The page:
Introduction 

The Christian period: Early period (400 - 1000 AD)

The fall of the Western Roman Empire and the avalanche of the invading Germ- ane tribes, shifted the center of the Roman World to Orient, to the Byzantine Empire. Year 325 Constantine accepted Christianity as the state religion, the old pagan world came to an end, and the associated ideas of classic art were also abolished. The population of the Eastern Empire was Greek. Accepting the new religion the speculative Greek mind, used to philosophy, felt it necessary to work out a comprehensive theological explanation of the new principles of Christianity. The ideals of the early Christianity were associated with completely new principles such as abstention of the pleasures of life, scorning sexual relationship, the idealization of secluded life, the superiority of the spirit relative flesh etc. The philosophy of Christianity starts with the name of Augustine, who made an attempt to explain the events of recorded time on one universal principle. From Plato's conception of an ideal state existing "somewhere in heaven", from St. Paul's of community of saints living and dead, from the doctrine of two societies, one of God and one of Satan, Augustine took the basic idea of his book as a tale of two cities: the earthly city of worldly men devoted to earthly affairs and joys; and the divine city of the past, present, and future worshipers of the one true God. "Christianity at first suspected art as a support of paganism, idolatry, and immorality; these nude statues hardly comported with esteem for virginity and celibacy. When the body seemed an instrument of Satan, and the monk replaced the athlete as an ideal, the study of anatomy disappeared from art, leaving a sculpture and painting of gloomy faces and shapeless drapery", notes W. Durant. But when Christianity triumphed, the great basilicas were needed to house its swelling congregations, the local and national traditions of art reasserted themselves, and architecture lifted itself out of the ruins. From that time to our own the basilica plan has been a favorite design for Christian churches. Two buildings of this time are acquiring a fundamental importance in the late Roman period. The basilica of Constantine the Great in Rome and the palace of Diocletian in Spolato. "The new ideas came from the East; the architects who built a palace to Diocletian on the Dalmatian coast (opening of the fourth century) at Spolato accomplished a revolution in European architecture. Arches were there sprung directly from column capitals, with no intervening entablature, so at one stroke were prepared the Byzantine, Romanesque, and Gothic styles. And instead of figured friezes came, in this palace, a strange decoration of zigzag lines, offensive to the classic eye, but long familiar to the Orient. The old classic orders- Dorian, Ionian, Corinthian- became almost meaningless in architectural world of arches, vaults, pendentives, and domes*. Byzantine art, so generated, dedicated itself to expounding the doctrines of Christianity", concludes W.Durant... The distinctive skill, in which the Byzantine artist surpassed all artist before him or since, lay in raising a circular dome over a polygonal frame. Among the first buildings of this period is the basilica devoted to Holy Wisdom or as we now it Hagia Sofia in Constantinople erected during the rule of emperor Justinian by Greek architect Anthemius and the mathematician Isidorus in year 537. Its architectural mastery was far ahead of its time unmatched for 1000 years. Although a system for covering large cylindrical structures with a single dome was available to architects, but a huge centrally-located cupola on top of a rectangular structure was to be tried for the first time. The structural deficiencies led to the collapse of cupola year 558, which was since several times rebuilt. The exterior of Hagia Sofia was treated simply as a crust or shell, and does not fit properly to the interior that has the magnificence of a palace. Even with this criticism it was a great achievement especially at the time it was built. Another most expressive examples of Byzantine art is the Basilica of San Appolinaris in Classe and the basilica of San Vitale both built in Ravenna in the 6th century. Both are richly decorated by mosaic scenes depicting stories of the Old and the New Testaments. "Mosaicists laid their cubes of brightly colored stone or glass, in backgrounds of blue or gold, upon the floors or walls, or over the altar, or wherever an empty surface challenged the Oriental eye. In the sculpture, statuary rarely was used, the artist sought not so much to represent figures of men and women as to create an abstract beauty of symbolic form. Never before had an art been so rich in color, so subtle in symbolism, so exuberant in decoration, so well adapted to quite the intellect and stir the soul", observes W. Durant. The art and architecture in Europe from the close of the 8th until the 12th century is described as Romanesque. In architecture the Romanesque is typified by the use of the round arch and conspicuously heavy construction. In painting and sculpture forms are linear and are often expressively distorted to convey religious emotion.. The population of Europe was illiterate, even Charlemagne who had a great respect to learning could hardly sign his name. The single and most vivid vehicle of the Christian messages were the Bible scenes depicted on the walls of churches. The Church visitors could marvel and be terrified by the visualized stories which added a lot to the sermons hold by the often ignorant priests.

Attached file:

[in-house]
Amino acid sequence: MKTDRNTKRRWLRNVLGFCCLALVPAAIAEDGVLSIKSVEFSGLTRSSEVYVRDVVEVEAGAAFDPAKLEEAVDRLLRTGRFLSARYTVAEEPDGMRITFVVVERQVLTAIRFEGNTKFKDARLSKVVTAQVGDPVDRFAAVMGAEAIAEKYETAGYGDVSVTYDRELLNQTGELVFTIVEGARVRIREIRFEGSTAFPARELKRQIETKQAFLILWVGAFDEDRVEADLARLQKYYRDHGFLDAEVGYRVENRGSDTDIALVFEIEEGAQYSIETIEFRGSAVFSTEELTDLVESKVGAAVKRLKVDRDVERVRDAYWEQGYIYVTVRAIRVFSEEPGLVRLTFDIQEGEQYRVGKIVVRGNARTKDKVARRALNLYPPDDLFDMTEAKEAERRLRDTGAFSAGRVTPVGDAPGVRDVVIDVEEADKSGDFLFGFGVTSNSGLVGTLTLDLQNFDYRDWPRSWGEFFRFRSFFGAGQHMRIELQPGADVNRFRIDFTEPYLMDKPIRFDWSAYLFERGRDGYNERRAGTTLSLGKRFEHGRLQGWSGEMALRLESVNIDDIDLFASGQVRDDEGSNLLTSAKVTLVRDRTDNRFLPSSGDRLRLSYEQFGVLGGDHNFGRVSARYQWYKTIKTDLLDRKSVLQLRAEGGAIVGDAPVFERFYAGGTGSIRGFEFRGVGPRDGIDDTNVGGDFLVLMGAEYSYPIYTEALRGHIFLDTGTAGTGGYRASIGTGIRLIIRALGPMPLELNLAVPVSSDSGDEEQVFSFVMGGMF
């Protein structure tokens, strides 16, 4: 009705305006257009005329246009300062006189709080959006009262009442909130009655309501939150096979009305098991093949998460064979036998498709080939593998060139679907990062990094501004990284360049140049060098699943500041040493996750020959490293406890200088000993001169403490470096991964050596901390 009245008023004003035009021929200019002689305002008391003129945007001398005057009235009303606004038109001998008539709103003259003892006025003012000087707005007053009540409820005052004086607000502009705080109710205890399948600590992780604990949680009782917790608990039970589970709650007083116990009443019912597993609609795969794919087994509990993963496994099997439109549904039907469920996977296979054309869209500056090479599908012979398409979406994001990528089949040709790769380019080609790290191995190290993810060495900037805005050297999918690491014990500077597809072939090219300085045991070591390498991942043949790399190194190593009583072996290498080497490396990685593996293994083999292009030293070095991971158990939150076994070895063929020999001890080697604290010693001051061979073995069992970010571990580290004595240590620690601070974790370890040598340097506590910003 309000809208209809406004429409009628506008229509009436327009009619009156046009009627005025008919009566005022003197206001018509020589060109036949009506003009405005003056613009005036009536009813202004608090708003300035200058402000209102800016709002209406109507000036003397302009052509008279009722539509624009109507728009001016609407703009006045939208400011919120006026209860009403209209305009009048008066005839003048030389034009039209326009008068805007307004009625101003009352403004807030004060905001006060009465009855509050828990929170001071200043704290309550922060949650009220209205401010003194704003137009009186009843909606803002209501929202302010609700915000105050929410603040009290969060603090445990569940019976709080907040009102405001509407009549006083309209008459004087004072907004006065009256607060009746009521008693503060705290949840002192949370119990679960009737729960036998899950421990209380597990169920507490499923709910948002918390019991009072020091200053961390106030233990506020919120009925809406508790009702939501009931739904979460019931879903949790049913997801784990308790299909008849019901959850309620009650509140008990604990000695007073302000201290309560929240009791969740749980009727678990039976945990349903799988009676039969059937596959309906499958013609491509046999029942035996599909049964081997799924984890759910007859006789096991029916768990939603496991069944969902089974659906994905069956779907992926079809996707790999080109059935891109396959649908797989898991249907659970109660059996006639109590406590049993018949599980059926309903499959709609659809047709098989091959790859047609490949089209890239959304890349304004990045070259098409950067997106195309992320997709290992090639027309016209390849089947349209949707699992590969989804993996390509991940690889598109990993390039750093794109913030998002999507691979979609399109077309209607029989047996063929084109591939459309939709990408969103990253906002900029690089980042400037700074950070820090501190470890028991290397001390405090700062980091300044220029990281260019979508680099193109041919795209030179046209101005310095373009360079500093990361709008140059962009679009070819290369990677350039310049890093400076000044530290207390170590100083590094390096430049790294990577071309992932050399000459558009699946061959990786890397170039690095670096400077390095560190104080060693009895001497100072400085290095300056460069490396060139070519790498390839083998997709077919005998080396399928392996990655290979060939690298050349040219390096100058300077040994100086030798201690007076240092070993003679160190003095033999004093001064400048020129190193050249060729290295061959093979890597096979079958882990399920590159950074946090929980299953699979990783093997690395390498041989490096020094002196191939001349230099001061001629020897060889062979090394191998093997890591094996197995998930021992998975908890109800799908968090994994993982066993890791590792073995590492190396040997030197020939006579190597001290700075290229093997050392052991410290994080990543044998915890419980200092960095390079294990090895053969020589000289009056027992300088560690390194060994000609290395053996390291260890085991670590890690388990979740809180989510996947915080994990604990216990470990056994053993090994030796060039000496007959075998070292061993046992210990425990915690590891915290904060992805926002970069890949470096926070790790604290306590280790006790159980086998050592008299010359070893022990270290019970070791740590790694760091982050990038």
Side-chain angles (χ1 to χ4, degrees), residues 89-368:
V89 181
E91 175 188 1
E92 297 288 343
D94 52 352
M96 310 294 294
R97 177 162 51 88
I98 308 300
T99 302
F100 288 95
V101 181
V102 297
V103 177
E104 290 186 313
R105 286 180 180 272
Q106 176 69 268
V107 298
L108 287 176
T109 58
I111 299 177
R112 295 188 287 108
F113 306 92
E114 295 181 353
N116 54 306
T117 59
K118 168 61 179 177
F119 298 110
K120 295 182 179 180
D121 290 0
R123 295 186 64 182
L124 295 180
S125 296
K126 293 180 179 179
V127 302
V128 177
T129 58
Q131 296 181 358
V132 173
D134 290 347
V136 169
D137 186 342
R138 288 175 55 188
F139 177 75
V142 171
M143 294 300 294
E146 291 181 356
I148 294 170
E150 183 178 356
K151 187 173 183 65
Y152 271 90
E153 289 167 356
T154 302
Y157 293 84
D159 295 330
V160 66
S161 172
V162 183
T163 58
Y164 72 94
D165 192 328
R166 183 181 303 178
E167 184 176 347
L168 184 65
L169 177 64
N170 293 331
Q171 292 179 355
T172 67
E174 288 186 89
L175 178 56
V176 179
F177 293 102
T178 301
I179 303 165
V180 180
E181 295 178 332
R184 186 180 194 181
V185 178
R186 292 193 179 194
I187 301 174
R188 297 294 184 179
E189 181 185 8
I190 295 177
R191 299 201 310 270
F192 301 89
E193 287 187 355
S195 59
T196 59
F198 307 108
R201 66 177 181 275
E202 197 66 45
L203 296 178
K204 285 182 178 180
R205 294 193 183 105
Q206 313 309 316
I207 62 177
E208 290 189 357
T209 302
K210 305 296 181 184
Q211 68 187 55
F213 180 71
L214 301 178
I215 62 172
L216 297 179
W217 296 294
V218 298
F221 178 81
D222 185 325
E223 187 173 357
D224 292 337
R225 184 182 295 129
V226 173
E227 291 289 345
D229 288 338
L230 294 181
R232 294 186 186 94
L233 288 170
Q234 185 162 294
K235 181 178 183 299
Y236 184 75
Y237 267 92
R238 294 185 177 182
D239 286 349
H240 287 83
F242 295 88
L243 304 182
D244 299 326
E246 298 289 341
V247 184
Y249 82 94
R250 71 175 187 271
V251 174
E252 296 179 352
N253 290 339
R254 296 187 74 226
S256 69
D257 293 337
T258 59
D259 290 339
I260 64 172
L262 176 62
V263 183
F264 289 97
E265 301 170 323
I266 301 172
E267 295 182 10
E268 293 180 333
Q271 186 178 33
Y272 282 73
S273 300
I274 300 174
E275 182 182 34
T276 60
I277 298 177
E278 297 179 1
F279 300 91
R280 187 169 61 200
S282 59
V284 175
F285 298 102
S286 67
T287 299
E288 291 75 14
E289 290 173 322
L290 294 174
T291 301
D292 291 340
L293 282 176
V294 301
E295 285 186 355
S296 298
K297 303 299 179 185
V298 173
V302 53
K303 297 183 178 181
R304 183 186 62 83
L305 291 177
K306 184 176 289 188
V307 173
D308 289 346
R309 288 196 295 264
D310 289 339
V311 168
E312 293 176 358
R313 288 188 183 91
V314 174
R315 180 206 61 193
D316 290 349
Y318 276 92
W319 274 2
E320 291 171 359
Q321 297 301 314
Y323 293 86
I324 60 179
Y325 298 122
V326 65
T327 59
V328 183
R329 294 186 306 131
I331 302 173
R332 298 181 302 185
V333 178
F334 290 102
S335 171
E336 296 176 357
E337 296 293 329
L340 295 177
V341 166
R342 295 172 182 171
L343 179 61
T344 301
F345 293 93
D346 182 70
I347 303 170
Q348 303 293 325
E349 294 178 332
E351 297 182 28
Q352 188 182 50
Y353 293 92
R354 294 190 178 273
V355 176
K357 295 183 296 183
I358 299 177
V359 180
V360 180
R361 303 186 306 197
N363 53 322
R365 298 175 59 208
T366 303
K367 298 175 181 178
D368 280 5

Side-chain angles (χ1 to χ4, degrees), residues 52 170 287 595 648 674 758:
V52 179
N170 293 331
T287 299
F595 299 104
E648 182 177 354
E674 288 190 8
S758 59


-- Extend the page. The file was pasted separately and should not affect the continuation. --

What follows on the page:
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* One should not forget that neither art nor civilization starts with Ancient Greece. The preceding civilizations had made great impact in the sphere of art and architecture. Although the main objective of this work is the Western hemisphere one should not forget that e.g. in architecture the Sumerians and Babylonians used dome and vault at least 2000 years before than these elements were introduced in Europe.

See also:
» Later period
    1100-1400